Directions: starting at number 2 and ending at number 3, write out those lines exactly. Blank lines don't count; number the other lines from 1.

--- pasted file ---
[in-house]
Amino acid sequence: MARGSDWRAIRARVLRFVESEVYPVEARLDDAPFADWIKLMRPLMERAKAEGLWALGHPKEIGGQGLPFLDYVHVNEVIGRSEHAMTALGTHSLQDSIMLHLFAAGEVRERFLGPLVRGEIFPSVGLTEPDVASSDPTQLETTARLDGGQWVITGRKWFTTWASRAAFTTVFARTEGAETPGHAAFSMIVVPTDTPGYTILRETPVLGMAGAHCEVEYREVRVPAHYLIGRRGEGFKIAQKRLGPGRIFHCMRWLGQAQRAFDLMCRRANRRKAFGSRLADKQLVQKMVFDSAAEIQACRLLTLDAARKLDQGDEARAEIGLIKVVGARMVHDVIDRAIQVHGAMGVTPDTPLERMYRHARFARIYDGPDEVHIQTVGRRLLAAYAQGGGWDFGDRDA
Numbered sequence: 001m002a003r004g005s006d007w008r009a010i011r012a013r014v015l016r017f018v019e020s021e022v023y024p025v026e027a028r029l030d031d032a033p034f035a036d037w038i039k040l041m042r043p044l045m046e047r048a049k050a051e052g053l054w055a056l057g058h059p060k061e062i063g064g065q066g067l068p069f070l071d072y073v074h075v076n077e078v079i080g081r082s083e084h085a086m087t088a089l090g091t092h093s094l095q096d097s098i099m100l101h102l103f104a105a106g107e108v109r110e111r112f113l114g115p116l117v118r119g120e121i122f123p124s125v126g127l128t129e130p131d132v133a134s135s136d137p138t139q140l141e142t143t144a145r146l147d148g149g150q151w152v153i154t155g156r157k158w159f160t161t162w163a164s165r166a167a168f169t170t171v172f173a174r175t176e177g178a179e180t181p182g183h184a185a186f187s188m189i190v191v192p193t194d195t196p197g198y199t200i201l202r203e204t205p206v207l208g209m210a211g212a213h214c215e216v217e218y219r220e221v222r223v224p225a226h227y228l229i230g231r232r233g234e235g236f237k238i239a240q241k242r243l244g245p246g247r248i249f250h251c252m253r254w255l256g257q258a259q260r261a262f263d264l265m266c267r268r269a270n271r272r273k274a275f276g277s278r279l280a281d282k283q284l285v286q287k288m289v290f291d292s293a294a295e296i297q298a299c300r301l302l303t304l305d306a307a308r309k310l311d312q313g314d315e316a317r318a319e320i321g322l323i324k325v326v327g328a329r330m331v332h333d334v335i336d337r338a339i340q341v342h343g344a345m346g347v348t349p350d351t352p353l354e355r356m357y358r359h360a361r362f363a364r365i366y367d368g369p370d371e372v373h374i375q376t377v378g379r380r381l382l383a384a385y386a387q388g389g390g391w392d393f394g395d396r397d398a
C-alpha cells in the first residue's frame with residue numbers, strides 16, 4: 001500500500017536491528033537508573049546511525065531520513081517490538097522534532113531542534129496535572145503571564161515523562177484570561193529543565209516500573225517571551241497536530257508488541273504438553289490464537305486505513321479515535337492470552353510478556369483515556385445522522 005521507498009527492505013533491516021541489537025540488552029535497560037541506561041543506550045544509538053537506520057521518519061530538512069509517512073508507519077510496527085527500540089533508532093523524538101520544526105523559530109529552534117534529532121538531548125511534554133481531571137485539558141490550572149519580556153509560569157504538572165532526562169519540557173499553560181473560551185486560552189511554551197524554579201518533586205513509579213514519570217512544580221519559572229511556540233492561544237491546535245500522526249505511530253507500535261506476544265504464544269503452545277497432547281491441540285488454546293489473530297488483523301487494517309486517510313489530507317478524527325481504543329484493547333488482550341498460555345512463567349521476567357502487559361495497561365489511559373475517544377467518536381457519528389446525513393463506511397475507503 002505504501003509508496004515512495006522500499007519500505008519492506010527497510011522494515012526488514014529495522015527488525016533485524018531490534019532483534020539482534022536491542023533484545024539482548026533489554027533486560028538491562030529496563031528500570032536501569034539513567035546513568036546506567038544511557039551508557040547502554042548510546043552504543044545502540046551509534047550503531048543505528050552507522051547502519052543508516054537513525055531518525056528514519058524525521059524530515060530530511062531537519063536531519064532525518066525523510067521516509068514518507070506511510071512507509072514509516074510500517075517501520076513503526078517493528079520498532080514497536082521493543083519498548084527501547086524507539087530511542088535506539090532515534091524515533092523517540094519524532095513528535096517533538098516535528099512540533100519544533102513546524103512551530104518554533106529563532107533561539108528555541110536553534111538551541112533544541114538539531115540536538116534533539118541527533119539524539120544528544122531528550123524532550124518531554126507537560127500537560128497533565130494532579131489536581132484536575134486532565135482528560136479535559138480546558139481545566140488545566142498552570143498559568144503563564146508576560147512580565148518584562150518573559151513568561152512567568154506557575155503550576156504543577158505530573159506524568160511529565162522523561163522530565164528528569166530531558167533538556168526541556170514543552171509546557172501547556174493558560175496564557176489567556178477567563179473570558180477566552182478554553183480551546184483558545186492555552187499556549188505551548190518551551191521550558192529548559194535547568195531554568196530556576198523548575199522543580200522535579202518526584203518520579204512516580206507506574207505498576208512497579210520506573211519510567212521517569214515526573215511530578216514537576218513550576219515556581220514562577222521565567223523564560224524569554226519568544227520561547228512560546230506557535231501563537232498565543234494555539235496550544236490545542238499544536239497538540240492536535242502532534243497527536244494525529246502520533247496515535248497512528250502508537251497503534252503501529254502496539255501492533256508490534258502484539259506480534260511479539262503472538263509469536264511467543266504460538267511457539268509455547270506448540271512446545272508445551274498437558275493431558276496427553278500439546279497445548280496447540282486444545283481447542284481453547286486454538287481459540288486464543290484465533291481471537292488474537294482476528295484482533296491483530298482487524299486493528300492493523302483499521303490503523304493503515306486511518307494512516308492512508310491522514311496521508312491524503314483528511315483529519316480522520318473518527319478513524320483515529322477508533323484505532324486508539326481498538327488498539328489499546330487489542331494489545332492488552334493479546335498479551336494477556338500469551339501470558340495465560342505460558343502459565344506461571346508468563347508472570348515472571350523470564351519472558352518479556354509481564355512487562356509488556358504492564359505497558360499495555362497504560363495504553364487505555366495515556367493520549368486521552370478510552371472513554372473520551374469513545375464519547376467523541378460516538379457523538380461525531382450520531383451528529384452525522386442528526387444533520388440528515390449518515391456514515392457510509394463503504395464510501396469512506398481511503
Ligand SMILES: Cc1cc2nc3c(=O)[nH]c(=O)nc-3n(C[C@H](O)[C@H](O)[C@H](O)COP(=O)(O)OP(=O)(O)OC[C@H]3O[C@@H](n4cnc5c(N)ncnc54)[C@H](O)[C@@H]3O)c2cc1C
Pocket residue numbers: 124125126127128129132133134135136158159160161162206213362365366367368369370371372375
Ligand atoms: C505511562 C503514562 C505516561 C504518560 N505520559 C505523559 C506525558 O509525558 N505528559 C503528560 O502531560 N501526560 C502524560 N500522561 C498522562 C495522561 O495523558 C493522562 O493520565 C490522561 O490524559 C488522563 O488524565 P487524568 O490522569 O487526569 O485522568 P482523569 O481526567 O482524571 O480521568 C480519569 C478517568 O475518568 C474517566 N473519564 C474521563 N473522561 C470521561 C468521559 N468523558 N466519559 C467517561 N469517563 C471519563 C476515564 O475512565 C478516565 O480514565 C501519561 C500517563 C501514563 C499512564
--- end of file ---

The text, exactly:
Amino acid sequence: MARGSDWRAIRARVLRFVESEVYPVEARLDDAPFADWIKLMRPLMERAKAEGLWALGHPKEIGGQGLPFLDYVHVNEVIGRSEHAMTALGTHSLQDSIMLHLFAAGEVRERFLGPLVRGEIFPSVGLTEPDVASSDPTQLETTARLDGGQWVITGRKWFTTWASRAAFTTVFARTEGAETPGHAAFSMIVVPTDTPGYTILRETPVLGMAGAHCEVEYREVRVPAHYLIGRRGEGFKIAQKRLGPGRIFHCMRWLGQAQRAFDLMCRRANRRKAFGSRLADKQLVQKMVFDSAAEIQACRLLTLDAARKLDQGDEARAEIGLIKVVGARMVHDVIDRAIQVHGAMGVTPDTPLERMYRHARFARIYDGPDEVHIQTVGRRLLAAYAQGGGWDFGDRDA
Numbered sequence: 001m002a003r004g005s006d007w008r009a010i011r012a013r014v015l016r017f018v019e020s021e022v023y024p025v026e027a028r029l030d031d032a033p034f035a036d037w038i039k040l041m042r043p044l045m046e047r048a049k050a051e052g053l054w055a056l057g058h059p060k061e062i063g064g065q066g067l068p069f070l071d072y073v074h075v076n077e078v079i080g081r082s083e084h085a086m087t088a089l090g091t092h093s094l095q096d097s098i099m100l101h102l103f104a105a106g107e108v109r110e111r112f113l114g115p116l117v118r119g120e121i122f123p124s125v126g127l128t129e130p131d132v133a134s135s136d137p138t139q140l141e142t143t144a145r146l147d148g149g150q151w152v153i154t155g156r157k158w159f160t161t162w163a164s165r166a167a168f169t170t171v172f173a174r175t176e177g178a179e180t181p182g183h184a185a186f187s188m189i190v191v192p193t194d195t196p197g198y199t200i201l202r203e204t205p206v207l208g209m210a211g212a213h214c215e216v217e218y219r220e221v222r223v224p225a226h227y228l229i230g231r232r233g234e235g236f237k238i239a240q241k242r243l244g245p246g247r248i249f250h251c252m253r254w255l256g257q258a259q260r261a262f263d264l265m266c267r268r269a270n271r272r273k274a275f276g277s278r279l280a281d282k283q284l285v286q287k288m289v290f291d292s293a294a295e296i297q298a299c300r301l302l303t304l305d306a307a308r309k310l311d312q313g314d315e316a317r318a319e320i321g322l323i324k325v326v327g328a329r330m331v332h333d334v335i336d337r338a339i340q341v342h343g344a345m346g347v348t349p350d351t352p353l354e355r356m357y358r359h360a361r362f363a364r365i366y367d368g369p370d371e372v373h374i375q376t377v378g379r380r381l382l383a384a385y386a387q388g389g390g391w392d393f394g395d396r397d398a